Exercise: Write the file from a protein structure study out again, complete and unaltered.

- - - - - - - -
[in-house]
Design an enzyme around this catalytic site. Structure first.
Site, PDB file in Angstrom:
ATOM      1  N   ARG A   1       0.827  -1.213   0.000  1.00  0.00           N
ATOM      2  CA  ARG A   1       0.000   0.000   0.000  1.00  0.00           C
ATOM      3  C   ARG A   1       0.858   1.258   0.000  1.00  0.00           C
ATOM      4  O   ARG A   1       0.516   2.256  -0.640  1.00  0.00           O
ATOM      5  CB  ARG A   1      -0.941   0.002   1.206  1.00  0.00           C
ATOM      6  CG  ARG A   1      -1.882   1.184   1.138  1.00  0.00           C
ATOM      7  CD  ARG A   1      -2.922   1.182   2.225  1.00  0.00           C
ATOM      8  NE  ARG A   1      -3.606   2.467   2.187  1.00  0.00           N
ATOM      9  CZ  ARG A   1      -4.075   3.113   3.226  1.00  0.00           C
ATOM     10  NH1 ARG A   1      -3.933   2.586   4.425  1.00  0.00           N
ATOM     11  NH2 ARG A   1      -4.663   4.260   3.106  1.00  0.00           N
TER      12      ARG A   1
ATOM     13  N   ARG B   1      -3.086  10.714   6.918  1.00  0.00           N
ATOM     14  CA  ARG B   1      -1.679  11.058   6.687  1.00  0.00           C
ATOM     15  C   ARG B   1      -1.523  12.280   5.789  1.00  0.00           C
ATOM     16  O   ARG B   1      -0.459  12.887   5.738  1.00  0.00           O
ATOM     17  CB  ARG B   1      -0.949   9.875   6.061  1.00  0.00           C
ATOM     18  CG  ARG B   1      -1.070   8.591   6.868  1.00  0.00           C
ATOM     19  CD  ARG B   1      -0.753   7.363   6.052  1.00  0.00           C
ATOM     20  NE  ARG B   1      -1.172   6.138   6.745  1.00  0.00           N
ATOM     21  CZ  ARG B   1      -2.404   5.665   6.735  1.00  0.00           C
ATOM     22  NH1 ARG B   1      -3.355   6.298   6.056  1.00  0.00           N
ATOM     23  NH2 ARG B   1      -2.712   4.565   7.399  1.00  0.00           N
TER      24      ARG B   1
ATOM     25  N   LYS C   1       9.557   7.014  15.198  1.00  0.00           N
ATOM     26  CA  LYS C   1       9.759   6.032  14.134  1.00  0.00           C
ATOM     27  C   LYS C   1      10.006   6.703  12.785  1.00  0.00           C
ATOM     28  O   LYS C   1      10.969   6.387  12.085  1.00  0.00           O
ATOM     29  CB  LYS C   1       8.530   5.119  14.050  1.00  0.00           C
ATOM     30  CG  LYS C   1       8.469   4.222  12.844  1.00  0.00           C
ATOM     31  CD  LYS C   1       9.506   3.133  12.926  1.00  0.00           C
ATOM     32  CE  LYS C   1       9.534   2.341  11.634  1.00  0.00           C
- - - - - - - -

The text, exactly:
[in-house]
Design an enzyme around this catalytic site. Structure first.
Site, PDB file in Angstrom:
ATOM      1  N   ARG A   1       0.827  -1.213   0.000  1.00  0.00           N
ATOM      2  CA  ARG A   1       0.000   0.000   0.000  1.00  0.00           C
ATOM      3  C   ARG A   1       0.858   1.258   0.000  1.00  0.00           C
ATOM      4  O   ARG A   1       0.516   2.256  -0.640  1.00  0.00           O
ATOM      5  CB  ARG A   1      -0.941   0.002   1.206  1.00  0.00           C
ATOM      6  CG  ARG A   1      -1.882   1.184   1.138  1.00  0.00           C
ATOM      7  CD  ARG A   1      -2.922   1.182   2.225  1.00  0.00           C
ATOM      8  NE  ARG A   1      -3.606   2.467   2.187  1.00  0.00           N
ATOM      9  CZ  ARG A   1      -4.075   3.113   3.226  1.00  0.00           C
ATOM     10  NH1 ARG A   1      -3.933   2.586   4.425  1.00  0.00           N
ATOM     11  NH2 ARG A   1      -4.663   4.260   3.106  1.00  0.00           N
TER      12      ARG A   1
ATOM     13  N   ARG B   1      -3.086  10.714   6.918  1.00  0.00           N
ATOM     14  CA  ARG B   1      -1.679  11.058   6.687  1.00  0.00           C
ATOM     15  C   ARG B   1      -1.523  12.280   5.789  1.00  0.00           C
ATOM     16  O   ARG B   1      -0.459  12.887   5.738  1.00  0.00           O
ATOM     17  CB  ARG B   1      -0.949   9.875   6.061  1.00  0.00           C
ATOM     18  CG  ARG B   1      -1.070   8.591   6.868  1.00  0.00           C
ATOM     19  CD  ARG B   1      -0.753   7.363   6.052  1.00  0.00           C
ATOM     20  NE  ARG B   1      -1.172   6.138   6.745  1.00  0.00           N
ATOM     21  CZ  ARG B   1      -2.404   5.665   6.735  1.00  0.00           C
ATOM     22  NH1 ARG B   1      -3.355   6.298   6.056  1.00  0.00           N
ATOM     23  NH2 ARG B   1      -2.712   4.565   7.399  1.00  0.00           N
TER      24      ARG B   1
ATOM     25  N   LYS C   1       9.557   7.014  15.198  1.00  0.00           N
ATOM     26  CA  LYS C   1       9.759   6.032  14.134  1.00  0.00           C
ATOM     27  C   LYS C   1      10.006   6.703  12.785  1.00  0.00           C
ATOM     28  O   LYS C   1      10.969   6.387  12.085  1.00  0.00           O
ATOM     29  CB  LYS C   1       8.530   5.119  14.050  1.00  0.00           C
ATOM     30  CG  LYS C   1       8.469   4.222  12.844  1.00  0.00           C
ATOM     31  CD  LYS C   1       9.506   3.133  12.926  1.00  0.00           C
ATOM     32  CE  LYS C   1       9.534   2.341  11.634  1.00  0.00           C